Australia's coach Darren Lehmann has strong views about the fixed revenue percentage model that the players are presently battling Cricket Australia to retain in the next payment MOU. But he's not going to air them publicly.
Lehmann, a former player delegate and president of the Australian Cricketers' Association and now a highly-paid employee of CA, sat firmly on the fence ahead of the national team's departure for England and the ICC Champions Trophy - the last tournament to take place before the June 30 expiry of the current pay deal.
Though he acknowledged that the dispute would be a distraction for the players over at least the next six weeks, he doubted the Ashes would be disrupted, saying "I wouldn't think so, and I would hope not as a fan". Most of all, he stressed the importance of the two parties re-opening effective, respectful communication to get a deal done.
"Both parties have got to get talking, that's what they've got to do," Lehmann said the day after CA rejected the ACA's request for independent mediation. "Once they get that they'll get a deal done, and once that happens we'll be right and get the game going the way it should be.
"What I want to do is see both parties come to the table and get a deal done for the betterment of the game. From the grass roots right through to the elite cricketers. From a players point of view they're sticking together, we support players and support CA. Everyone supports each other, it is just a case of getting a deal done."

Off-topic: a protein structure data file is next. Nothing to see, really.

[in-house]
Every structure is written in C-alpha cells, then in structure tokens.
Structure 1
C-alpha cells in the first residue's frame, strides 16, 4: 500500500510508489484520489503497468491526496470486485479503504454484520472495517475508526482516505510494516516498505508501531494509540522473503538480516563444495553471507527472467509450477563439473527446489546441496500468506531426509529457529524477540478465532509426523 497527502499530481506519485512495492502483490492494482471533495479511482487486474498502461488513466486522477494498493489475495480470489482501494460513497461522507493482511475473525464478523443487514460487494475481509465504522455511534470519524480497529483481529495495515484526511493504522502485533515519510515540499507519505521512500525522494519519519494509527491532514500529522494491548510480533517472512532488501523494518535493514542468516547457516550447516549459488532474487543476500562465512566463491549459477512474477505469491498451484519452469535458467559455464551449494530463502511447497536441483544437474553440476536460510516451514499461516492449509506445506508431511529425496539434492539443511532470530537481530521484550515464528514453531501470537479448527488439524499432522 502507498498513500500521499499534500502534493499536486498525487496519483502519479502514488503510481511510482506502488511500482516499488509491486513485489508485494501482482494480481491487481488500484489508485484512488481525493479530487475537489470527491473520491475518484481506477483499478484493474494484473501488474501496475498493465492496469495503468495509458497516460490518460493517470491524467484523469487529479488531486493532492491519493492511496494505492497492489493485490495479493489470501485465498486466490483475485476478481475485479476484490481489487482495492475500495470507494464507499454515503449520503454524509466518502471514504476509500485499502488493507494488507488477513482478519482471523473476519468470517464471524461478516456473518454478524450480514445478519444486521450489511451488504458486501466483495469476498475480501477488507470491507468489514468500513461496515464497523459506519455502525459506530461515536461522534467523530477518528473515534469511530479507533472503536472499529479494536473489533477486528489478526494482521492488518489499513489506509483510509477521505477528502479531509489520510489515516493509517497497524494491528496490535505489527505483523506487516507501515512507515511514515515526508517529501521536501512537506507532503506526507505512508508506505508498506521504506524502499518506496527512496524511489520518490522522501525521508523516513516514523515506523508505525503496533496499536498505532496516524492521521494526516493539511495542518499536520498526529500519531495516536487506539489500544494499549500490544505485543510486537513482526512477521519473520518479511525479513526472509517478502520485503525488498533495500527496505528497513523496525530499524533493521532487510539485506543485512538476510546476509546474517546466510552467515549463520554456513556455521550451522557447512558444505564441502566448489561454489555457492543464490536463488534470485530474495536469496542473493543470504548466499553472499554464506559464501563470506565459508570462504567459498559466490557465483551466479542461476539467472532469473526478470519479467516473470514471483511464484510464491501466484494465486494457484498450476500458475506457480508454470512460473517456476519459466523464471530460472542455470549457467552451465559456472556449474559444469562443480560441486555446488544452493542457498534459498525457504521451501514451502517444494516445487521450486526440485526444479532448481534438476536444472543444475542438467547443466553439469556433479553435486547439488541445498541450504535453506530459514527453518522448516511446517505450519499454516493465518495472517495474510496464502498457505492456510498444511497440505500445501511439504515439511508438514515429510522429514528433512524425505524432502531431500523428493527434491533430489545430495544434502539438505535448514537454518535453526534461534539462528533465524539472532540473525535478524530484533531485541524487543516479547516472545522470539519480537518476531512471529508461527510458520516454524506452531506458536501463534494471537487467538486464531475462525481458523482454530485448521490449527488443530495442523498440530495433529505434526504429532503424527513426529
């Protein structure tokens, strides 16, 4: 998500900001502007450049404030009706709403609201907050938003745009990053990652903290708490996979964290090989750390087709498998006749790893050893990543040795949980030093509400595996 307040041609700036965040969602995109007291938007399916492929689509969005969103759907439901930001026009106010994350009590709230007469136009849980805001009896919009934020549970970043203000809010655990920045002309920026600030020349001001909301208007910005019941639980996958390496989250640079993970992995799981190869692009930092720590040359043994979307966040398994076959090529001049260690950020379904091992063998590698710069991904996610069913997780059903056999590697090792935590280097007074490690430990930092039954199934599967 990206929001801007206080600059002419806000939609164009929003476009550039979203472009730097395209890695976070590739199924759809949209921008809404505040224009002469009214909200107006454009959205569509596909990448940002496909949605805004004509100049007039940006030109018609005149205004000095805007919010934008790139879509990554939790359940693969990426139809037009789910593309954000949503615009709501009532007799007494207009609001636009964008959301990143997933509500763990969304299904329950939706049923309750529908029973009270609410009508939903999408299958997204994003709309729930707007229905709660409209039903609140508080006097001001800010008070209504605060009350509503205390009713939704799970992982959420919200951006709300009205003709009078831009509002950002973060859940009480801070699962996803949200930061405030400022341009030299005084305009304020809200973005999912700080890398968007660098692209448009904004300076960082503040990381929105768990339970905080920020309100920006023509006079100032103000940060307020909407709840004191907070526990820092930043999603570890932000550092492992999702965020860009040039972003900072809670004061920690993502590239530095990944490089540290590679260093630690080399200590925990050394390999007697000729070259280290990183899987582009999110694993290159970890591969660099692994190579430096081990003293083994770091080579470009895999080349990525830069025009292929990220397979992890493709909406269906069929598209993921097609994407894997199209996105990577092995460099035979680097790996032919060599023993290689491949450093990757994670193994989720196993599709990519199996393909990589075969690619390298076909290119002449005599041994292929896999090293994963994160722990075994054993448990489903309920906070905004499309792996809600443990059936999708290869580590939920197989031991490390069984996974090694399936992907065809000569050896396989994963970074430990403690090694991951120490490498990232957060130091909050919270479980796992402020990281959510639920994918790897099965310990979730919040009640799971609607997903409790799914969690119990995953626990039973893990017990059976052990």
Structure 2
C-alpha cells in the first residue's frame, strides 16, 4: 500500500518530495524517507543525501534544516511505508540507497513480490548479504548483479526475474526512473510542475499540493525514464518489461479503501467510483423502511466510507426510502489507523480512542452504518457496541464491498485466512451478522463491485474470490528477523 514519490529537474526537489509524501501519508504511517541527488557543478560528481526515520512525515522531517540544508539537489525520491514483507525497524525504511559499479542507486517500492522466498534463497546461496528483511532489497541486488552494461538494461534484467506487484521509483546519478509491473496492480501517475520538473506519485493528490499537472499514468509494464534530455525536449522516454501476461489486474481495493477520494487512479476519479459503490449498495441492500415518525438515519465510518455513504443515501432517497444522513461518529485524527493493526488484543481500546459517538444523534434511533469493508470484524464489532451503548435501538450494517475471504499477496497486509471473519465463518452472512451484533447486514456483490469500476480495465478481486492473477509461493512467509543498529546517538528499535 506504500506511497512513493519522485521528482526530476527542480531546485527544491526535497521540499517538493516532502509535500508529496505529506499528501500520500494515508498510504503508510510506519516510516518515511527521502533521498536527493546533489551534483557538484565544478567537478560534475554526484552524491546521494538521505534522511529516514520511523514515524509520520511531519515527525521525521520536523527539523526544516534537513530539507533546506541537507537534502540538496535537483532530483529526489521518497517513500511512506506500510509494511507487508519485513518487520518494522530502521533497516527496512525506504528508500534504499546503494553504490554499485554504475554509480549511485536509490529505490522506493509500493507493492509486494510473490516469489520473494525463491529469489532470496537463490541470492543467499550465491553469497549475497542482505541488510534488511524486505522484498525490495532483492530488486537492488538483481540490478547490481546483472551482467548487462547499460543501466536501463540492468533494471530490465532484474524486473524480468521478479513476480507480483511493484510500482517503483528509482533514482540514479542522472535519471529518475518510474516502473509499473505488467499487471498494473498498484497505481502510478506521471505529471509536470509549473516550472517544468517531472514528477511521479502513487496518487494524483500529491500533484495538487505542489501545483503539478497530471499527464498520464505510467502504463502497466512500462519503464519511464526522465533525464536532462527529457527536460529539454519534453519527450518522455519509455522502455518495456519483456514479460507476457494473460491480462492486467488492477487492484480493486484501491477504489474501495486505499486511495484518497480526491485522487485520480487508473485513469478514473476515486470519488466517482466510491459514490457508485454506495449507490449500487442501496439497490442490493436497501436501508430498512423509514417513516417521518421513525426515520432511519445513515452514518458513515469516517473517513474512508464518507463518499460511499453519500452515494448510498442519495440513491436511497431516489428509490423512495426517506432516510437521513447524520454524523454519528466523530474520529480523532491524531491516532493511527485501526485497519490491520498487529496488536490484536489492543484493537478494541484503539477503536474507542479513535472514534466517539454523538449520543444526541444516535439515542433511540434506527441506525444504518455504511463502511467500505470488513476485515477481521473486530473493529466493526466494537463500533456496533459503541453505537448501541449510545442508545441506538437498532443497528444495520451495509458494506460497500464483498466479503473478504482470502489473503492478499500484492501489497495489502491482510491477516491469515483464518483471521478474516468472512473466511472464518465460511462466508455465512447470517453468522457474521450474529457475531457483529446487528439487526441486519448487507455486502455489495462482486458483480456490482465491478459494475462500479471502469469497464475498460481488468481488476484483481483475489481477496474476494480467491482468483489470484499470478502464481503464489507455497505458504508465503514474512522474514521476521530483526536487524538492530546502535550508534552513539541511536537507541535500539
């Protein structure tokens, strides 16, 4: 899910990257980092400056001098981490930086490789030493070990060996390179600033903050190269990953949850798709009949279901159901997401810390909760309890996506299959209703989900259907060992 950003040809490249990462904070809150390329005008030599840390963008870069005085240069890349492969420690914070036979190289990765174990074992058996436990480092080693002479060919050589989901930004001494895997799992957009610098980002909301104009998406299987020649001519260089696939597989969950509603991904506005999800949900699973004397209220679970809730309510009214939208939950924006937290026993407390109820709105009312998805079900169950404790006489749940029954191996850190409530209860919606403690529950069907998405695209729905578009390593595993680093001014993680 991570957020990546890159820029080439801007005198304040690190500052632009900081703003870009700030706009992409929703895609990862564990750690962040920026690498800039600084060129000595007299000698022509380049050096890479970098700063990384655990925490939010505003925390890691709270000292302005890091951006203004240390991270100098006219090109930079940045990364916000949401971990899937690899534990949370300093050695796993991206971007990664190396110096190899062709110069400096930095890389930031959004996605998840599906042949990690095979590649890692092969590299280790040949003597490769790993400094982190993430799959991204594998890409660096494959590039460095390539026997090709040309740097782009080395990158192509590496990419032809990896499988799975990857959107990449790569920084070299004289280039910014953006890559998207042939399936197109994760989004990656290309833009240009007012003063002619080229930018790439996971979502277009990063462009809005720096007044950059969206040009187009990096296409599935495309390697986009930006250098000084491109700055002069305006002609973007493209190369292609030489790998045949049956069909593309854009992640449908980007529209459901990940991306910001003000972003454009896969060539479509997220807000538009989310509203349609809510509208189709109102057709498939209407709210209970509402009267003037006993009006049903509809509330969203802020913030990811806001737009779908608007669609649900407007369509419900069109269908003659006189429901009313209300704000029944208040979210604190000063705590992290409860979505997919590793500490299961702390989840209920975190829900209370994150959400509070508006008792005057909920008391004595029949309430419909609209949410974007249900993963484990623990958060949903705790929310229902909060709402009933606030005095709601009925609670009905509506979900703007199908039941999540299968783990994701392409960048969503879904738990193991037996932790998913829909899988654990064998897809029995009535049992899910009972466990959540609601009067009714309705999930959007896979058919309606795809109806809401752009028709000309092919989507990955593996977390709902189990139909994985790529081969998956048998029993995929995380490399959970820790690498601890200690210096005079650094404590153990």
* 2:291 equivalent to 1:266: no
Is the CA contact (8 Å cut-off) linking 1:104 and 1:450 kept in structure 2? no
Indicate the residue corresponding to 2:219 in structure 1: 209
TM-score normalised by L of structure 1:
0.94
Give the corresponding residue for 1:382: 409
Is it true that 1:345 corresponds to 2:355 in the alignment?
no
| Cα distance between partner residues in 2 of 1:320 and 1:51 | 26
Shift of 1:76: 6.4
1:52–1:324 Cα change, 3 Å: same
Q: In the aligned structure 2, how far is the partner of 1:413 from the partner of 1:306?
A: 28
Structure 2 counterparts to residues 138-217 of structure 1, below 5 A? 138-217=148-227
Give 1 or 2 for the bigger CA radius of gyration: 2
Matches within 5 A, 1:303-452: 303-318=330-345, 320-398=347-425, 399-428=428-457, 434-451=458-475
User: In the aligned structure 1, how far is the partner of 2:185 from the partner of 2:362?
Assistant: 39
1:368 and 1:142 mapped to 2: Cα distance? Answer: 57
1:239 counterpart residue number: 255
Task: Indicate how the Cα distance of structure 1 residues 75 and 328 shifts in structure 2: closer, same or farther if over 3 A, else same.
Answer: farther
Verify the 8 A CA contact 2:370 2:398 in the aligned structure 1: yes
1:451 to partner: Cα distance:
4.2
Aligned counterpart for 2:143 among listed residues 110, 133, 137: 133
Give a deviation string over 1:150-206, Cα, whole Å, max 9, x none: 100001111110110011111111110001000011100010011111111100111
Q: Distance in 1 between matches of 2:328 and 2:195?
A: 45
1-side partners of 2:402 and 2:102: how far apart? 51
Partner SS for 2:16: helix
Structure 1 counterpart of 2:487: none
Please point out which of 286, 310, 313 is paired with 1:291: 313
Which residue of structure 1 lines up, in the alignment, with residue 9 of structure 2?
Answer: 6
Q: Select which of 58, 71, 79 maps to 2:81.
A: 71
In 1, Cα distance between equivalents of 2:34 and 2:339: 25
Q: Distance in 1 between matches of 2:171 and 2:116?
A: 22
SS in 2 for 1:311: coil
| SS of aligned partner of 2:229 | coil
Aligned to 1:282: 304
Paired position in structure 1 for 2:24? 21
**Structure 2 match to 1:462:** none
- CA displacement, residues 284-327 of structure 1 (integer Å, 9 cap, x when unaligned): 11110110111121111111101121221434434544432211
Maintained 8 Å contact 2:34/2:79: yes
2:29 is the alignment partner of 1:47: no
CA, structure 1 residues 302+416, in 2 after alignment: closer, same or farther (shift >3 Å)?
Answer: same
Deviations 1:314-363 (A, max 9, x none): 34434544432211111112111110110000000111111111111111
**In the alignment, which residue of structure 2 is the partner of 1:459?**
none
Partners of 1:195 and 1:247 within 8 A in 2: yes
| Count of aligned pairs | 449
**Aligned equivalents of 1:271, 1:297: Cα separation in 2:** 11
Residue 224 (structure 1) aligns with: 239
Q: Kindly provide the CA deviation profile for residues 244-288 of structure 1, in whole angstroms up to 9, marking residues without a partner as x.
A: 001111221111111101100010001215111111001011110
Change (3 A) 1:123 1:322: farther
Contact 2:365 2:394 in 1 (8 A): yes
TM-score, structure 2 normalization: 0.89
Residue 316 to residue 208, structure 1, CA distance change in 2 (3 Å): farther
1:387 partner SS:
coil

Communication has been a hallmark of how Lehmann has coached Australia, and he has continued that theme during the dispute. He has discussed matters at length with the national captain Steven Smith during his IPL stint, and also indicated that he would open the floor to players to discuss matters together when they convene in England, for the start of a campaign that leads ultimately to the 2019 World Cup and Ashes double.
"It is going to be a bit of a distraction there's no doubt about that," Lehmann said. "But at the end of the day we're there to concentrate on the cricket, we've got to do the best job we possibly can so from my point of view they've just got to get talking, simple fact of life. They're both adults, both will deal with it as best they can and get the outcome right for the game.
"We'll talk about it when we all meet. You have to do that, you've got to keep it open in communication so we know the direction everyone's going. At the end of the day it's about getting ready for that first game and playing well. The next three years we go to England for one dayers the following year and then we've got the World Cup, so it's a pretty important tournament for us in many ways."
While pointing out that negotiations have often run close to the wire in the past, Lehmann admitted he had not seen such acrimony between the two parties since the 1997-98 dispute that ultimately led to the revenue-sharing arrangement that has existed over the past 20 years.
"I was there as a player and a delegate and then president," he said. "You have those issues, every sport has them, so it's just about communication and getting the right outcome for both parties. That's the key. Both sides I'm sure will get there. It traditionally goes quite late, so there's no panic, it's just about those two parties getting together."